Applied Behavior Analysis (ABA) is a popular therapy model used for changing disruptive behaviors. However, it’s been shown to be particularly effective in the treatment and care of children with autism spectrum disorder (ASD).
ABA therapy is, at its core, a method of helping children with autism learn rudimentary skills so that they can lead more successful lives in the future.
This is done primarily by encouraging desired behaviors and deterring negative ones over a long period of time, carefully monitoring their progress along the way.
While the treatments are typically facilitated by therapists as part of a program, parents often play an active role in the strategies presented, aiding in reinforcing what their child has learned while at home.
This can be done more effectively, and ensure more positive developmental outcomes, if the parent is also versed in Applied Behavior Analysis principles. Fortunately, there are a wide variety of programs and online courses that provide ABA training for parents. Certification allows parents to better support their child’s learning process while away from their therapist. Additionally, understanding these principles allows them to better mitigate their child’s challenging behavior in the home.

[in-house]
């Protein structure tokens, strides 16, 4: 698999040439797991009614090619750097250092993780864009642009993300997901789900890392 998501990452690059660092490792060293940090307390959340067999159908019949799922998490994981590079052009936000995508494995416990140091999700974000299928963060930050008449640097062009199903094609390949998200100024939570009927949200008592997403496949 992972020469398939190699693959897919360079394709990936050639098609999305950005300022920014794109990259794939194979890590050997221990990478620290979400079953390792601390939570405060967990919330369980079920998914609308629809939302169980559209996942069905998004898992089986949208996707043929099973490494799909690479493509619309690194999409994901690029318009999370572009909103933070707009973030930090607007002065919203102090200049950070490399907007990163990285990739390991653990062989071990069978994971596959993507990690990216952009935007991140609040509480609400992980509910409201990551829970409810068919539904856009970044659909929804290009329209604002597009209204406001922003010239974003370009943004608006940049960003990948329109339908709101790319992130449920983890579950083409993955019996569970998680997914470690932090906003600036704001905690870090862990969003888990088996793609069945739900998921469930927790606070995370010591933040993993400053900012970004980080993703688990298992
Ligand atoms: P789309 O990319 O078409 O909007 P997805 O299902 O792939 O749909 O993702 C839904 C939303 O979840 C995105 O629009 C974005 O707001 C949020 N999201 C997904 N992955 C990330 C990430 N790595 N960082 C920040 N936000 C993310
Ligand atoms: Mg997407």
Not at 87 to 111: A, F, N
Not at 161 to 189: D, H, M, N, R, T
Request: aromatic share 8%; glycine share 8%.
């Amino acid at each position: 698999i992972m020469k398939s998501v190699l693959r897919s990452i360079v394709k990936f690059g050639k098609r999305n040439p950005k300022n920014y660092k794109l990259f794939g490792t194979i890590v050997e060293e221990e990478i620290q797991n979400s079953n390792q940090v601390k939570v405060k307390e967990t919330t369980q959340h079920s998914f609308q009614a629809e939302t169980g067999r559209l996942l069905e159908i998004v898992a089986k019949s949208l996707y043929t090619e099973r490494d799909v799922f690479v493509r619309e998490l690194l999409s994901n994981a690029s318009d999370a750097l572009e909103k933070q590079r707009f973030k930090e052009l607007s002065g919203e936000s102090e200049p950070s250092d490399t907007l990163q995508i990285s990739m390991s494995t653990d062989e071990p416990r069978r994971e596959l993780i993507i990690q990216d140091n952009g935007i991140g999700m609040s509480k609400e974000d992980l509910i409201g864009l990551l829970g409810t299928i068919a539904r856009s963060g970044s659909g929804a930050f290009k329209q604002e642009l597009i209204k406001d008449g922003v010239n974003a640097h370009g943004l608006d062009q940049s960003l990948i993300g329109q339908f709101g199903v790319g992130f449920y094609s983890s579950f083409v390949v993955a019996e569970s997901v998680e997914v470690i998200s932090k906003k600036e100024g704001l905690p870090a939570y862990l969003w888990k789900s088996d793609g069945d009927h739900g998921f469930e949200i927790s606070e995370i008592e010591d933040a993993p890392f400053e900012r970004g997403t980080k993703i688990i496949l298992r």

This article takes an in-depth looks at the many opportunities available for parents to become ABA certified. The advice below will guide you through the process of locating a course that’s right for you, inform you of practical therapies that can be done at home, and offer guidance to help you and your child acclimate to the ABA therapy process.
Where and How to Learn ABA Therapy
Several opportunities exist for parents who wish to become certified in ABA procedures. This training is most often provided online. The length of time needed to complete the curriculum can vary depending on the course you take, ranging from a few days to a year.
The cost can also differ between training methods. Some lessons are provided for free, but you’ll generally have to spend a bit more for a comprehensive education. The following selected list of ABA educational opportunities offers a more detailed glimpse into what you can expect: